The Transitional Administrative Law begins with an untruth. The people of Iraq were involved with drawing up this constitution only in the persons of the 25 IGC members. There are excellent reasons for wide popular participation in constitution-making. They have been ignored in the drafting of this law. The less popular participation there is, the less legitimacy any constitution can enjoy, in Iraq or elsewhere.
The impressive system of institutions and rights is all subject to one very large exception:
Article 59 provides:
(B) Consistent with Iraq's status as a sovereign state, and with its desire to join other nations in helping to maintain peace and security and fight terrorism during the transitional period, the Iraqi Armed Forces will be a principal partner in the multi-national force operating in Iraq under unified command pursuant to the provisions of United Nations Security Council Resolution 1511 (2003) and any subsequent relevant resolutions. This arrangement shall last until the ratification of a permanent constitution and the election of a new government pursuant to that new constitution.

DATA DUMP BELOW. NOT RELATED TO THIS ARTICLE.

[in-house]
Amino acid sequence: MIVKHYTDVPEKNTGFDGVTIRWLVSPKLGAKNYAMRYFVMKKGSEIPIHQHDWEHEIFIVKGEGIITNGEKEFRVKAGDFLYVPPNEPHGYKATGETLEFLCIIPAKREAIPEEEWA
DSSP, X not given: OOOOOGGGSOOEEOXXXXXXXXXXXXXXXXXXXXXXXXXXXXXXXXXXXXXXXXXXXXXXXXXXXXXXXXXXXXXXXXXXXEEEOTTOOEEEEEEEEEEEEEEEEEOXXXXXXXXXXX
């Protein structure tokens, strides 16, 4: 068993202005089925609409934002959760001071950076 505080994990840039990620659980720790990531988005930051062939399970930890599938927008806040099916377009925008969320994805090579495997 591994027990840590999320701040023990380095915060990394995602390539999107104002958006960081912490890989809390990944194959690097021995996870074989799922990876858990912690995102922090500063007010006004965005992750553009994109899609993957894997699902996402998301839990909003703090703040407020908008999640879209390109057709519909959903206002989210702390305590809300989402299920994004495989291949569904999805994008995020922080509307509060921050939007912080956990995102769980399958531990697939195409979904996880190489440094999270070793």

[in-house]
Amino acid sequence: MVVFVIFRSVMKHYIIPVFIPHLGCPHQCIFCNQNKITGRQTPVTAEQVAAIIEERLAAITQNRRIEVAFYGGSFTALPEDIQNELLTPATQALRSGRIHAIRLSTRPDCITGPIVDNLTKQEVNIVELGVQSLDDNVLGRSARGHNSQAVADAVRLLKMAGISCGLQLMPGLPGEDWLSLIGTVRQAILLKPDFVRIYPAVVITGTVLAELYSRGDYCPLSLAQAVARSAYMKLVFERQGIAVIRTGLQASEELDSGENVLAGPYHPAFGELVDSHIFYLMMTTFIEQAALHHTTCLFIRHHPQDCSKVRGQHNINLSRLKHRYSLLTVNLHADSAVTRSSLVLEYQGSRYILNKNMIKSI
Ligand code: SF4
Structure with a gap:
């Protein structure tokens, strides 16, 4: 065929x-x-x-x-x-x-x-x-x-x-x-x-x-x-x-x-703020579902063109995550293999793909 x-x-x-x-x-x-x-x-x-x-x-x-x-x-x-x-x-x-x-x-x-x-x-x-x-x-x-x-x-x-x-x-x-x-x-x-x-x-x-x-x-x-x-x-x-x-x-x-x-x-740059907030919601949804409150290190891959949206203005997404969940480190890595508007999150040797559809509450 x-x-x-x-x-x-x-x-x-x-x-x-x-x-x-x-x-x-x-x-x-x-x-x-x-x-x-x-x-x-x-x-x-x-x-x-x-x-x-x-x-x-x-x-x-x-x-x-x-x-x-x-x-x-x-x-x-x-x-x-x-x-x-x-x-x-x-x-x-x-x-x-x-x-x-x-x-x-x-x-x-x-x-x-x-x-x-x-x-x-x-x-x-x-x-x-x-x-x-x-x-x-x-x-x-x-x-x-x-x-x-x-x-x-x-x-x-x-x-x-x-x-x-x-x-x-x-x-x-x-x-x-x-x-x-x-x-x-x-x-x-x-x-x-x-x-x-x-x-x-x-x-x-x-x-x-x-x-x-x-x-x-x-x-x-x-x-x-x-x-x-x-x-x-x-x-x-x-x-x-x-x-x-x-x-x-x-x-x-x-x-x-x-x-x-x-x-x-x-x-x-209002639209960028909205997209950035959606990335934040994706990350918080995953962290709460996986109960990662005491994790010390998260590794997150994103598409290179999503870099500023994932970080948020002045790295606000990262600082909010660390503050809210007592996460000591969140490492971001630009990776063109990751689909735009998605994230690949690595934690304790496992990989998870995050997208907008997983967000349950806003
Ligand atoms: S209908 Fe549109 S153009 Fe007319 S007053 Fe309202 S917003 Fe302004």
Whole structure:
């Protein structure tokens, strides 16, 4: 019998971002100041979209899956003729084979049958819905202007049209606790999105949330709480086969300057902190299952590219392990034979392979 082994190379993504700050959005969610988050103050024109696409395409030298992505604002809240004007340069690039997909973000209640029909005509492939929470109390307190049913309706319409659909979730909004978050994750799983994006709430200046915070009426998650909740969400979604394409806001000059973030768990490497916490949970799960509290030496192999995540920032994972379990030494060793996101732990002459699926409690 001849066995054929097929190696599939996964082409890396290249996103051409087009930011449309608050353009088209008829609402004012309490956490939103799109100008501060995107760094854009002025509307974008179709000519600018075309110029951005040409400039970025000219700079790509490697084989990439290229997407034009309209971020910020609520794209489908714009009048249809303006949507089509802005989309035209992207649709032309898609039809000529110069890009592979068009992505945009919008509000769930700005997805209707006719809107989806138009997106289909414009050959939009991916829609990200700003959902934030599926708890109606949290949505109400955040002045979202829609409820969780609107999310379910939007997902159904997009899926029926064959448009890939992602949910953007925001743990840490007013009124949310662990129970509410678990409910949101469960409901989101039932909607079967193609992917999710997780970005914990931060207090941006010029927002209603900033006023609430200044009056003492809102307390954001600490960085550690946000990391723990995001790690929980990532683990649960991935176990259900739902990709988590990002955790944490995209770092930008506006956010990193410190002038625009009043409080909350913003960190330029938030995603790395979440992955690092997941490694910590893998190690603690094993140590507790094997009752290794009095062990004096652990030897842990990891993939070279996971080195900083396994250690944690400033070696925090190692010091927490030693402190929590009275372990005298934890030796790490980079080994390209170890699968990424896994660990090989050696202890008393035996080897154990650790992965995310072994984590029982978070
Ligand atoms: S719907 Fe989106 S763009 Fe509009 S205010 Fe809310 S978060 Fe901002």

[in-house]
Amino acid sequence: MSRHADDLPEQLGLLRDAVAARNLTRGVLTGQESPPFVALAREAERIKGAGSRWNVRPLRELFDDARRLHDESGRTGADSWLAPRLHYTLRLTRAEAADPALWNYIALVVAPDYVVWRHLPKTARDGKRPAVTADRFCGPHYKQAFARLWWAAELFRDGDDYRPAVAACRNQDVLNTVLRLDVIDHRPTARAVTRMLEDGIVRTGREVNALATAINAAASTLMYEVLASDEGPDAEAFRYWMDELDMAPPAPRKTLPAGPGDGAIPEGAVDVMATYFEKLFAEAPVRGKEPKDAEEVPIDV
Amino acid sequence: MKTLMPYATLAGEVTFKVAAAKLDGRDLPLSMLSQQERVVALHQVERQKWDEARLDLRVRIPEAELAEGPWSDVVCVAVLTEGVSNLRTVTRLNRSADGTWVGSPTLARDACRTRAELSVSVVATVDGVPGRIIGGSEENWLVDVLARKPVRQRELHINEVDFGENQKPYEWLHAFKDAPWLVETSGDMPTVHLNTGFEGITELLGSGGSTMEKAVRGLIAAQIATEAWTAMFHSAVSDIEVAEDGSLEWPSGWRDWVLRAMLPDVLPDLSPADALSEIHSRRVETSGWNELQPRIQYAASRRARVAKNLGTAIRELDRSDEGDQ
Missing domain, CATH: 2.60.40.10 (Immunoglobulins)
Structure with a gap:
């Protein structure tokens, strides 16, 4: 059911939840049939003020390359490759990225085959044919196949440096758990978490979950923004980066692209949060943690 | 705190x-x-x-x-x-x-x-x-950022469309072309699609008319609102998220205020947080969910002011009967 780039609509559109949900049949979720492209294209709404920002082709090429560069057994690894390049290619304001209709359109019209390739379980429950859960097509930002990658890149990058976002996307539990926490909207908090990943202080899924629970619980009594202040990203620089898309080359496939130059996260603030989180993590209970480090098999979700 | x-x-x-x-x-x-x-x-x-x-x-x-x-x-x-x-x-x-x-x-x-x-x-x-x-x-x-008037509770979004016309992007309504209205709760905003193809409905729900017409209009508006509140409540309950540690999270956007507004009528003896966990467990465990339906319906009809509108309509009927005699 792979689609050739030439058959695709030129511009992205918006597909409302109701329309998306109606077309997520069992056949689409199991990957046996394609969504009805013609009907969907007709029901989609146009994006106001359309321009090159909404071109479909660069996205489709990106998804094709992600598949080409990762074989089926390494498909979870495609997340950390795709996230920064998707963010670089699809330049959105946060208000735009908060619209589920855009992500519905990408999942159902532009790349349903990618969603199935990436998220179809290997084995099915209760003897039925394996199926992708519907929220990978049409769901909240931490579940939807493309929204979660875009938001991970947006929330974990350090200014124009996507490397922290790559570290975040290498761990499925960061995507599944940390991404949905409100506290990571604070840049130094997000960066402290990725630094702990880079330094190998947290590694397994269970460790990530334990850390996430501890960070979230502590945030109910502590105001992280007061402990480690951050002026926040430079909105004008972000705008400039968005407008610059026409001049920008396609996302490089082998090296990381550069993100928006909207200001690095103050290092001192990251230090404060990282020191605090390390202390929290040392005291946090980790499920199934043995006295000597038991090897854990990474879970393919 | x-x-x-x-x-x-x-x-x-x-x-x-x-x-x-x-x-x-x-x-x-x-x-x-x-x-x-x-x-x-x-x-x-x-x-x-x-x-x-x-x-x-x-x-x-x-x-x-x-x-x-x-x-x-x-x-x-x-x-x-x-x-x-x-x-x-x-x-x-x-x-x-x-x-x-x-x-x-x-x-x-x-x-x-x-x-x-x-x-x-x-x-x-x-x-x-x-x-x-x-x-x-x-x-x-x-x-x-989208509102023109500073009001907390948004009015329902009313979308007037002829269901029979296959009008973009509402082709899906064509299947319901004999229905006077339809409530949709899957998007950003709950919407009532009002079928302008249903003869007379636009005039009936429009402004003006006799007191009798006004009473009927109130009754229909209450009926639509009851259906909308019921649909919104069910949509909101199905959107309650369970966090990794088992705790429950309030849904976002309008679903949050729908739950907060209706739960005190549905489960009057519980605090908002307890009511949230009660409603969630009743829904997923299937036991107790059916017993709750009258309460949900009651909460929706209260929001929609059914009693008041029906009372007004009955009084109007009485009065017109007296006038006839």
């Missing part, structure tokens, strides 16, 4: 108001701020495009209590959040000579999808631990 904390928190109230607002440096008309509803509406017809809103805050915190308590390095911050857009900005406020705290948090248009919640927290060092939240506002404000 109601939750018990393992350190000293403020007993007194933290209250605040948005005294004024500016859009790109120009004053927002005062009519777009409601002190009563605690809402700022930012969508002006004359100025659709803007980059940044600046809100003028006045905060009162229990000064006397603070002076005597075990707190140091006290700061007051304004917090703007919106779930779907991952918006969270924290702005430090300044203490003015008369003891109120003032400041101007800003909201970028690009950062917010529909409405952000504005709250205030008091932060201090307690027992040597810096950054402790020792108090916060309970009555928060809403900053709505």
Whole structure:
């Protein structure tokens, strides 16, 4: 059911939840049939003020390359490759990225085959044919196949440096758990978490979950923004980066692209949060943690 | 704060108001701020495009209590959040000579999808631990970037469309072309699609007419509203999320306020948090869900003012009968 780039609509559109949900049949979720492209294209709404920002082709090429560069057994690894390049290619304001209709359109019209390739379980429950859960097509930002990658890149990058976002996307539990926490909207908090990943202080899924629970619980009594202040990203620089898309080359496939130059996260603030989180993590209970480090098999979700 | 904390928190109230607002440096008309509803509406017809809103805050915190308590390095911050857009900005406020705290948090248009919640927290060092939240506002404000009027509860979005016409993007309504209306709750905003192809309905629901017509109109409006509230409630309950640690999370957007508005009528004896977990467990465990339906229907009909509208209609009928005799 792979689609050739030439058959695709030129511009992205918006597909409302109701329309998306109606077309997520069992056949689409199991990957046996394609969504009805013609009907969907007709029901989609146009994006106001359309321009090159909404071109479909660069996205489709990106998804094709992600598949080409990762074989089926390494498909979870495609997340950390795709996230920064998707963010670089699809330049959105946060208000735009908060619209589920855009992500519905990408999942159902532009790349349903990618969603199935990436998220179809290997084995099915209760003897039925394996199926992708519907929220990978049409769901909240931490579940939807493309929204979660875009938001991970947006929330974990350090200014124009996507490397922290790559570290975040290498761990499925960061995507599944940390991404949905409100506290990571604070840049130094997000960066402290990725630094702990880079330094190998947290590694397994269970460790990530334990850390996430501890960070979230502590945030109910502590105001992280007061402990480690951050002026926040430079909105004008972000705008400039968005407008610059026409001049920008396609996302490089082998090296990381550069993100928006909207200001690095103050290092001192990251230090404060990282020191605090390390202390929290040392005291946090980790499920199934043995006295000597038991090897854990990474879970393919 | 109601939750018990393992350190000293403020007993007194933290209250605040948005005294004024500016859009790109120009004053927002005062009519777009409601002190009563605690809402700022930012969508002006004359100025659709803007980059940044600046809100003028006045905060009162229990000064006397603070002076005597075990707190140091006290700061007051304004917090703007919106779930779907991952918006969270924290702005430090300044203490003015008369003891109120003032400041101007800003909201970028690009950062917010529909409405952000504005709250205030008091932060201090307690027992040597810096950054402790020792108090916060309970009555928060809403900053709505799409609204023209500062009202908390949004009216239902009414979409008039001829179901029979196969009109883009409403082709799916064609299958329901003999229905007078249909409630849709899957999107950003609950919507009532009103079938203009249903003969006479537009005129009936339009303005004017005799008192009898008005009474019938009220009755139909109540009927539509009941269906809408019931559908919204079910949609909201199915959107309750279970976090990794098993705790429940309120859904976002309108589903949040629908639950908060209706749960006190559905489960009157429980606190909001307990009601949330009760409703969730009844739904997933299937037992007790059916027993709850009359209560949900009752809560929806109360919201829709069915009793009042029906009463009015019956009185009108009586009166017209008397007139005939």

(C) Upon its assumption of authority, and consistent with Iraq's status as a sovereign state, the elected Iraqi Transitional Government shall have the authority to conclude binding international agreements regarding the activities of the multi-national force operating in Iraq under unified command pursuant to the terms of United Nations Security Council Resolution 1511 (2003), and any subsequent relevant United Nations Security Council resolutions. Nothing in this Law shall affect rights and obligations under these agreements, or under United Nations Security Council Resolution 1511 (2003), and any subsequent relevant United Nations Security Council resolutions, which will govern the multi-national force's activities pending the entry into force of these agreements.
Article 59 continues the powers of the military occupation, really the rest of the instrument then becomes a system of camouflage for the continuing occupation. Article 59 means the Iraqi armed forces must take orders from the unified command - the US and not the Iraqi Transitional Government. That is less than sovereignty and less than legitimacy. It is a law that binds the future elected government on the authority of the unelected Iraqi Governing Council. That has been already been denounced in the Sistani fatwa and there are serious questions of whether any future elected government will regard them as binding.